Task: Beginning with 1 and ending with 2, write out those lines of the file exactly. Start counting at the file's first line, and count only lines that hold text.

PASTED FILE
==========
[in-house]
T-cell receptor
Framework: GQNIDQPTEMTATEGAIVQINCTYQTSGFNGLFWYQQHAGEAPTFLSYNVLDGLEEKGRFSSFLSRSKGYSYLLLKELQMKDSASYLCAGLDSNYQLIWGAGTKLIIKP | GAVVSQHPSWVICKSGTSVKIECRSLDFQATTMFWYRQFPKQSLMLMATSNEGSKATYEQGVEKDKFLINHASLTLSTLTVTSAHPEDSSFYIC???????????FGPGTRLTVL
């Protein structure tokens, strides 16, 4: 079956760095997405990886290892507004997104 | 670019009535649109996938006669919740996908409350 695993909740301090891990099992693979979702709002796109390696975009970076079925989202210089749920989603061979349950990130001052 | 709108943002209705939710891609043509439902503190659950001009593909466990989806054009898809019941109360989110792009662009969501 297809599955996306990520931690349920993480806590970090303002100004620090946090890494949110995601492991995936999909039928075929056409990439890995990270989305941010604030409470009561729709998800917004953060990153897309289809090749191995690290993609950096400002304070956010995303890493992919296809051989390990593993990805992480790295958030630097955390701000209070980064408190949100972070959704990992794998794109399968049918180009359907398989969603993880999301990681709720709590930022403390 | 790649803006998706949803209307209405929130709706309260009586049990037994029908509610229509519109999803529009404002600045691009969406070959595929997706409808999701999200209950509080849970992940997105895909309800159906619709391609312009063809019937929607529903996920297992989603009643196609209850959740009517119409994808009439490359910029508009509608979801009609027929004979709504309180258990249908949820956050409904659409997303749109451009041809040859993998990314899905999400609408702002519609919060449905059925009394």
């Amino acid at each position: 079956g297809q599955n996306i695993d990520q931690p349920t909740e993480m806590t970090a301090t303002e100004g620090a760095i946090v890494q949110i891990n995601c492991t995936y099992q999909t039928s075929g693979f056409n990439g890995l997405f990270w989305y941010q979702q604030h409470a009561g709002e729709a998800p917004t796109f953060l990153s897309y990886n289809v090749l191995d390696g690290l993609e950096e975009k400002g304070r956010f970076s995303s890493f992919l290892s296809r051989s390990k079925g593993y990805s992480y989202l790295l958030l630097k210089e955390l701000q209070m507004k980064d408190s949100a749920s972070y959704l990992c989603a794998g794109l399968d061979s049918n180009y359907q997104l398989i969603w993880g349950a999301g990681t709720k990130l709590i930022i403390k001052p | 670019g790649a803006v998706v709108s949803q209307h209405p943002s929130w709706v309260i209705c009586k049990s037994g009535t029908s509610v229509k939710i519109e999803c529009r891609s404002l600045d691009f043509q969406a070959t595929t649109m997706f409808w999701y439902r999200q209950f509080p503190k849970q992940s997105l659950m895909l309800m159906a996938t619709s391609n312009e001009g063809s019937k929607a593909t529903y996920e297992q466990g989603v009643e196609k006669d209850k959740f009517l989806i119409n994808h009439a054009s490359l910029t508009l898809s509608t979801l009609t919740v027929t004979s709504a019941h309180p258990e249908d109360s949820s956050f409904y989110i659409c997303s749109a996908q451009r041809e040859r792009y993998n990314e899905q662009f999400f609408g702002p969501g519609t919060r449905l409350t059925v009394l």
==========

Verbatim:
[in-house]
T-cell receptor